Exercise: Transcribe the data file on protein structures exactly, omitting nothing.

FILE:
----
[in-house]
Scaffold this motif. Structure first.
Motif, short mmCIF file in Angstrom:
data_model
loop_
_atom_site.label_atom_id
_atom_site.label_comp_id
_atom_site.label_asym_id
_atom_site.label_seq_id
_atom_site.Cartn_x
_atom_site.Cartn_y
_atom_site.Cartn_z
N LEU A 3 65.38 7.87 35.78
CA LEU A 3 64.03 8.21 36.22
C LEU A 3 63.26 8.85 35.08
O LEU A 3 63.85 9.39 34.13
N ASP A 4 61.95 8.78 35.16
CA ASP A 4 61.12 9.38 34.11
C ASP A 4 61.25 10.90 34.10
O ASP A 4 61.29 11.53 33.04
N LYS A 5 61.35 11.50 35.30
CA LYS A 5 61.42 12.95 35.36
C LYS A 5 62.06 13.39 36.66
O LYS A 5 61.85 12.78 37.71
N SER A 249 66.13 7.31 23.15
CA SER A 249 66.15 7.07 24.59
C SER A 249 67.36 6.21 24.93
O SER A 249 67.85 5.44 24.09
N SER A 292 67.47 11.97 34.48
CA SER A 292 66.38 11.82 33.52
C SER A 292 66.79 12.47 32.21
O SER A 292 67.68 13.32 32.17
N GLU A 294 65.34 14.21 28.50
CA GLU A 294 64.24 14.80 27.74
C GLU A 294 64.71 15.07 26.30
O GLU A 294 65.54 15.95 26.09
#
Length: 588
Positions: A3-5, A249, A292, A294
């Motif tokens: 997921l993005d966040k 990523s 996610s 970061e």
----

[in-house]
Scaffold this motif. Structure first.
Motif, short mmCIF file in Angstrom:
data_model
loop_
_atom_site.label_atom_id
_atom_site.label_comp_id
_atom_site.label_asym_id
_atom_site.label_seq_id
_atom_site.Cartn_x
_atom_site.Cartn_y
_atom_site.Cartn_z
N LEU A 3 65.38 7.87 35.78
CA LEU A 3 64.03 8.21 36.22
C LEU A 3 63.26 8.85 35.08
O LEU A 3 63.85 9.39 34.13
N ASP A 4 61.95 8.78 35.16
CA ASP A 4 61.12 9.38 34.11
C ASP A 4 61.25 10.90 34.10
O ASP A 4 61.29 11.53 33.04
N LYS A 5 61.35 11.50 35.30
CA LYS A 5 61.42 12.95 35.36
C LYS A 5 62.06 13.39 36.66
O LYS A 5 61.85 12.78 37.71
N SER A 249 66.13 7.31 23.15
CA SER A 249 66.15 7.07 24.59
C SER A 249 67.36 6.21 24.93
O SER A 249 67.85 5.44 24.09
N SER A 292 67.47 11.97 34.48
CA SER A 292 66.38 11.82 33.52
C SER A 292 66.79 12.47 32.21
O SER A 292 67.68 13.32 32.17
N GLU A 294 65.34 14.21 28.50
CA GLU A 294 64.24 14.80 27.74
C GLU A 294 64.71 15.07 26.30
O GLU A 294 65.54 15.95 26.09
#
Length: 588
Positions: A3-5, A249, A292, A294
């Motif tokens: 997921l993005d966040k 990523s 996610s 970061e």